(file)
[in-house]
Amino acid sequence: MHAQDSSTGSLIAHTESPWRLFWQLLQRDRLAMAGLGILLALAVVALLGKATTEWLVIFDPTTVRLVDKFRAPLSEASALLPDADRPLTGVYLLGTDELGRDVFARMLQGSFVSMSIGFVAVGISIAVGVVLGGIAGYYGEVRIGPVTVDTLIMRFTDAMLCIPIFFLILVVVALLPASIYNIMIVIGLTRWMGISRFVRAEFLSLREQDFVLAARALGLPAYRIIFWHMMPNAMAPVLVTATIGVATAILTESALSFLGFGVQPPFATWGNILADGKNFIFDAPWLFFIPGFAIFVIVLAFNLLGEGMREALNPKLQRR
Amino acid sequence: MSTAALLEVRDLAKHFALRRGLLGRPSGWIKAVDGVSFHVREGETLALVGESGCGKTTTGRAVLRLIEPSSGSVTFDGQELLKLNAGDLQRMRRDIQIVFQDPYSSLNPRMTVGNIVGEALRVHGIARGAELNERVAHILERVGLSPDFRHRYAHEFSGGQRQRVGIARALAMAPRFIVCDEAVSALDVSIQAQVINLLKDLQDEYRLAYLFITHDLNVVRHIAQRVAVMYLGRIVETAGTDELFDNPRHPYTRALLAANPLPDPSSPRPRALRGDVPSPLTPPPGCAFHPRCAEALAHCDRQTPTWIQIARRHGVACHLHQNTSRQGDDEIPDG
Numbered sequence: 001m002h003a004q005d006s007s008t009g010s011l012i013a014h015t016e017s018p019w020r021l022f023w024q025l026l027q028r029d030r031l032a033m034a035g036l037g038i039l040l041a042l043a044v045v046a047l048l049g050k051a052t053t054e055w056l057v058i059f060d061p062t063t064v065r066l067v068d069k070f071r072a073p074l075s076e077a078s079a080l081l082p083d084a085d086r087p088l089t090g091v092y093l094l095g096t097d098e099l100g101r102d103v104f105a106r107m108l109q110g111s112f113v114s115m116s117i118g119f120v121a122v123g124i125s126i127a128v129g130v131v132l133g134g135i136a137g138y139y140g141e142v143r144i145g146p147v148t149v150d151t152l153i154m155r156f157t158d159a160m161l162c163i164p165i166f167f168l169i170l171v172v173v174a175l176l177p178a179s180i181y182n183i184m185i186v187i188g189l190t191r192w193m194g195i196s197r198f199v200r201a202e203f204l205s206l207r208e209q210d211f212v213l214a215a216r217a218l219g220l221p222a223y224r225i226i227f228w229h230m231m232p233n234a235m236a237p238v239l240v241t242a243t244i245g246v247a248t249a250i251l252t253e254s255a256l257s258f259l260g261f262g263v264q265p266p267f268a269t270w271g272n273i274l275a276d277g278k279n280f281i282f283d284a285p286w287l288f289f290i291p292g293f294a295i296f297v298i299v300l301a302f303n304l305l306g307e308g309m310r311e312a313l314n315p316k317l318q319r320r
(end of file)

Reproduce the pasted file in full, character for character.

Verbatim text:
[in-house]
Amino acid sequence: MHAQDSSTGSLIAHTESPWRLFWQLLQRDRLAMAGLGILLALAVVALLGKATTEWLVIFDPTTVRLVDKFRAPLSEASALLPDADRPLTGVYLLGTDELGRDVFARMLQGSFVSMSIGFVAVGISIAVGVVLGGIAGYYGEVRIGPVTVDTLIMRFTDAMLCIPIFFLILVVVALLPASIYNIMIVIGLTRWMGISRFVRAEFLSLREQDFVLAARALGLPAYRIIFWHMMPNAMAPVLVTATIGVATAILTESALSFLGFGVQPPFATWGNILADGKNFIFDAPWLFFIPGFAIFVIVLAFNLLGEGMREALNPKLQRR
Amino acid sequence: MSTAALLEVRDLAKHFALRRGLLGRPSGWIKAVDGVSFHVREGETLALVGESGCGKTTTGRAVLRLIEPSSGSVTFDGQELLKLNAGDLQRMRRDIQIVFQDPYSSLNPRMTVGNIVGEALRVHGIARGAELNERVAHILERVGLSPDFRHRYAHEFSGGQRQRVGIARALAMAPRFIVCDEAVSALDVSIQAQVINLLKDLQDEYRLAYLFITHDLNVVRHIAQRVAVMYLGRIVETAGTDELFDNPRHPYTRALLAANPLPDPSSPRPRALRGDVPSPLTPPPGCAFHPRCAEALAHCDRQTPTWIQIARRHGVACHLHQNTSRQGDDEIPDG
Numbered sequence: 001m002h003a004q005d006s007s008t009g010s011l012i013a014h015t016e017s018p019w020r021l022f023w024q025l026l027q028r029d030r031l032a033m034a035g036l037g038i039l040l041a042l043a044v045v046a047l048l049g050k051a052t053t054e055w056l057v058i059f060d061p062t063t064v065r066l067v068d069k070f071r072a073p074l075s076e077a078s079a080l081l082p083d084a085d086r087p088l089t090g091v092y093l094l095g096t097d098e099l100g101r102d103v104f105a106r107m108l109q110g111s112f113v114s115m116s117i118g119f120v121a122v123g124i125s126i127a128v129g130v131v132l133g134g135i136a137g138y139y140g141e142v143r144i145g146p147v148t149v150d151t152l153i154m155r156f157t158d159a160m161l162c163i164p165i166f167f168l169i170l171v172v173v174a175l176l177p178a179s180i181y182n183i184m185i186v187i188g189l190t191r192w193m194g195i196s197r198f199v200r201a202e203f204l205s206l207r208e209q210d211f212v213l214a215a216r217a218l219g220l221p222a223y224r225i226i227f228w229h230m231m232p233n234a235m236a237p238v239l240v241t242a243t244i245g246v247a248t249a250i251l252t253e254s255a256l257s258f259l260g261f262g263v264q265p266p267f268a269t270w271g272n273i274l275a276d277g278k279n280f281i282f283d284a285p286w287l288f289f290i291p292g293f294a295i296f297v298i299v300l301a302f303n304l305l306g307e308g309m310r311e312a313l314n315p316k317l318q319r320r